“The Night Watcher” –premiering at Seattle Rep’s Leo K. Theater under Daniel Sullivan’s direction — has pretty much everything you’d expect from a Charlayne Woodard solo show: frank, confessional material; laughter and tears doled out with near-perfect pacing; and a powerful, charismatic performance. What it lacks is a story, or even a convincing theme if you look at it with a hypercritical eye. Granted, most audiences probably won’t. There are enough intimate, funny and sad moments to make you feel your entertainment dollars were well spent. Yet, once the immediate emotions pass, not a lot in this script demands further consideration.
“The Night Watcher” is the fourth of Woodard’s solo, autobiographical works, after “Pretty Fire,” “Neat” and “In Real Life.” She has partnered with Sullivan on all four, at some stage in their development.
While the previous three were based on events and people from her own childhood, “The Night Watcher” looks at the role the adult Woodard has played in the lives of other children — godchildren, nieces, nephews and the occasional lost, young soul who has crossed her path. The title comes from an experience she had with a nephew whom she (and her parents) helped shelter from a threatening father at a key point in the child’s life. Woodard’s pledge to be the boy’s “night watcher” — the one who keeps him from harm as he sleeps — is an emotional high point of the show.
A number of the other vignettes, however, are less satisfying. In many cases, the interactions with youngsters she relates seem superficial: There are two babies she declines to adopt; a goddaughter who comes to her for advice and then neglects to heed it; another girl who suffers abuse and its aftermath, which Woodard says she can not recount in detail because she was miles away at the time.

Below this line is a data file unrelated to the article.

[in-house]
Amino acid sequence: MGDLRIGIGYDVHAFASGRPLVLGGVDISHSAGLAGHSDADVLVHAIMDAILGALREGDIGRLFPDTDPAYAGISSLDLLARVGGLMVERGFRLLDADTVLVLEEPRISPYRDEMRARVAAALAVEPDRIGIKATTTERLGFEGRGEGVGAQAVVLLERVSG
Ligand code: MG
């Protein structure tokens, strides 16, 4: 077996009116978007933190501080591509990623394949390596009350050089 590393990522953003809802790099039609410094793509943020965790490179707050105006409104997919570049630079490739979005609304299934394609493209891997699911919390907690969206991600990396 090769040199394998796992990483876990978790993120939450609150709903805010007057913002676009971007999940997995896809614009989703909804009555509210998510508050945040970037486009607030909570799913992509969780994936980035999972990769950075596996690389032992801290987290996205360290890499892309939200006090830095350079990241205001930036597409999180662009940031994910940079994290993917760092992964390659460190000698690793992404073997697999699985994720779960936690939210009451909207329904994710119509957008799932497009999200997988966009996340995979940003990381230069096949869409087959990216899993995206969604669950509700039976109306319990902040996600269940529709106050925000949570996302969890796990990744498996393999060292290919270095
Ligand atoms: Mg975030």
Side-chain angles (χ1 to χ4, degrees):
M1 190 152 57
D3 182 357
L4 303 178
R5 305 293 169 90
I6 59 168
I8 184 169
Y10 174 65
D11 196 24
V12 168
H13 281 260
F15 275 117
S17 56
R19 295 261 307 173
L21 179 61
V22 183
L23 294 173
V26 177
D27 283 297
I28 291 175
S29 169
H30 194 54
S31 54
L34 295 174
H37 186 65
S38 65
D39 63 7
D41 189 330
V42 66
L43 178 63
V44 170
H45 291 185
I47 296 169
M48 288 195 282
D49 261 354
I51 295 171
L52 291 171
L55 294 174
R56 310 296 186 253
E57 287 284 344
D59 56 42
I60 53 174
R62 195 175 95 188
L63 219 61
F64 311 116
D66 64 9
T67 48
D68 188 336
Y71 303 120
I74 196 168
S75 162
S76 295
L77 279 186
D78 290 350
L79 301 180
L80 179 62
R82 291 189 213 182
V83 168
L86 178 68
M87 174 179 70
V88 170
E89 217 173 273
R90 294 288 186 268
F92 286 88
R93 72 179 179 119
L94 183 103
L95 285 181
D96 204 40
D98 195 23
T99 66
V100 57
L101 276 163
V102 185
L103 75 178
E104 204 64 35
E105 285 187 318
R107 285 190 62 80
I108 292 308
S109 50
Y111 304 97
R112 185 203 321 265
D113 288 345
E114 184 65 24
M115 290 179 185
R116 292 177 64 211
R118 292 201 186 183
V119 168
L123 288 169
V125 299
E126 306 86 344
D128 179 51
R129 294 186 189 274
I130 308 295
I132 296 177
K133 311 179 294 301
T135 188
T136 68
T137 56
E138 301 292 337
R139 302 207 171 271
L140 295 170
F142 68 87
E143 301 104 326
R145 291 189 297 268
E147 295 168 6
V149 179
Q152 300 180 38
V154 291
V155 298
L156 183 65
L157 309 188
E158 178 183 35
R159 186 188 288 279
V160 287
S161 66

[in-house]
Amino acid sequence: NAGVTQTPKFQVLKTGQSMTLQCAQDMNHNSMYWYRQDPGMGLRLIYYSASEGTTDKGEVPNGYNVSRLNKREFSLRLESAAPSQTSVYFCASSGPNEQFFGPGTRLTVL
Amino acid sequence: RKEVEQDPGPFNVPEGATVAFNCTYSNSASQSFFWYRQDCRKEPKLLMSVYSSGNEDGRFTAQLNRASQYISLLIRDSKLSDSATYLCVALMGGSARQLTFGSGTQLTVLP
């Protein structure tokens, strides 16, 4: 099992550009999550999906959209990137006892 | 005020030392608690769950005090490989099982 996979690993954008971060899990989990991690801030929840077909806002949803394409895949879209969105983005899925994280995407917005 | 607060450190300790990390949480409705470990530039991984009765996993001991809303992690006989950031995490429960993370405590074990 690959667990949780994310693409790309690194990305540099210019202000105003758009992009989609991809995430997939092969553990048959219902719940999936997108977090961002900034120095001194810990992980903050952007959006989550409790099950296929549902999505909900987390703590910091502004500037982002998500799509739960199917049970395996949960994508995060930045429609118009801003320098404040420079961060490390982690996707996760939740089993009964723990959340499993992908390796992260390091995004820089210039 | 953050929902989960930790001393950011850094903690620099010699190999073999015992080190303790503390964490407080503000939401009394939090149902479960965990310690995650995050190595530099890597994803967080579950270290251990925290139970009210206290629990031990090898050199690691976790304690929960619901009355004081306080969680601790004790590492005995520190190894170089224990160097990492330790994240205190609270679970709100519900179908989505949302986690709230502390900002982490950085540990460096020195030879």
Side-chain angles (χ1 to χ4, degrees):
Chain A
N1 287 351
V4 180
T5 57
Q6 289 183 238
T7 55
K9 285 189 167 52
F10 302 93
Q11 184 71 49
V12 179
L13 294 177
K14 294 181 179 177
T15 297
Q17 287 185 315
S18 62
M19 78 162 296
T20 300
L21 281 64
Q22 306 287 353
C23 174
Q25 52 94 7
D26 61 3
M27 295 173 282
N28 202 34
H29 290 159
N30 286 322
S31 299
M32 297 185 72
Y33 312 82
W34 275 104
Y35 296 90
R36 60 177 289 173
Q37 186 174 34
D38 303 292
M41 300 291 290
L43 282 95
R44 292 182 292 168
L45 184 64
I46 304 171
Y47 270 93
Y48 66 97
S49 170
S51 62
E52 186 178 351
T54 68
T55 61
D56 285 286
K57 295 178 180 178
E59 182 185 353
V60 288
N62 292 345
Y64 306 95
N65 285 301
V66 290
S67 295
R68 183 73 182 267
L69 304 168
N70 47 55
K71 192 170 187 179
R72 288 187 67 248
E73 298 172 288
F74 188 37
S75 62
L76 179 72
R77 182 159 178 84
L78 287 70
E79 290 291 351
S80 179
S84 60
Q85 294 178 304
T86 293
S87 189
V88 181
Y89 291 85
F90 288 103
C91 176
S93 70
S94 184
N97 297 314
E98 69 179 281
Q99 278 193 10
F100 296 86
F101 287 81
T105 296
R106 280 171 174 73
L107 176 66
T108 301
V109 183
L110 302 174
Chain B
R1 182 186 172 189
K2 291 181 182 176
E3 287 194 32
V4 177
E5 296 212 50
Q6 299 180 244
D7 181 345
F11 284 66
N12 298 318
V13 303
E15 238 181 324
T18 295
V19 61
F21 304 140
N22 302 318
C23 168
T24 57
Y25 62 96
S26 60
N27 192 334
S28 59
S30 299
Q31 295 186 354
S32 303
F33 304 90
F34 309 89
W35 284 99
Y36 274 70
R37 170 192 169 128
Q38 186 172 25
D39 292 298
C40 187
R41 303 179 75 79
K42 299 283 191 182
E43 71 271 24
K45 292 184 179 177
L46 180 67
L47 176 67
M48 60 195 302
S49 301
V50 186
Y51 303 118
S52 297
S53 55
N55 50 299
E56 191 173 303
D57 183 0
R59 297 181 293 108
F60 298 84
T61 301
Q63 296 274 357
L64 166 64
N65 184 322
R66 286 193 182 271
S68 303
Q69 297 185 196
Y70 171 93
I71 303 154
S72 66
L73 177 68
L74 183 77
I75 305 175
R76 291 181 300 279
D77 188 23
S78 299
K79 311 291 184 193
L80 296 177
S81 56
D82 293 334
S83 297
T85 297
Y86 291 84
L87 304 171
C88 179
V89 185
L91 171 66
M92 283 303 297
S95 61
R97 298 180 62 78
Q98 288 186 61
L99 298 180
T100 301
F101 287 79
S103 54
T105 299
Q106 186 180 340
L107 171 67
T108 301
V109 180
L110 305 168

The audience stays engrossed by the actress’s amazing characterizations and emotional transparency; thoughts and feelings ripple across her face like a stone skimming a quiet lake. But the episodes she enacts don’t convince us of the show’s implied premise: That mentors and “aunties” are crucial to the raising of children in today’s world. Instead, “The Night Watcher” suggests good intentions often come to naught and concerned adults frequently fail to change the course of a young person’s life.
In the second act, Woodard talks about her own special aunties, and reveals some of her mixed feelings about never having children. This subject — of childless adults and couples and the way they are viewed by family and friends — is an intriguing one, perhaps more so than a parade of youngsters passing by at a distance.
Still, there’s a lot of subtle craft at work in “The Night Watcher.” Woodard and Sullivan have scored the piece almost musically, carrying the audience to emotional climaxes at the ends of both acts. And an elegant set of louvers and projections designed by Tom Lynch and Peter Bjordahl, respectively, gracefully suggest various locales.
It’s gratifying to see a new work so lovingly tended — especially since Sullivan has just signed on as artistic consultant to help Seattle Rep get through the next year as it searches for a new artistic director. Sullivan’s tastes and talents (not to mention his good relationships with artists such as Woodard, Jon Robin Baitz, Wendy Wasserstein and others) steered the Rep through some of its most productive years in the ’80s and ’90s.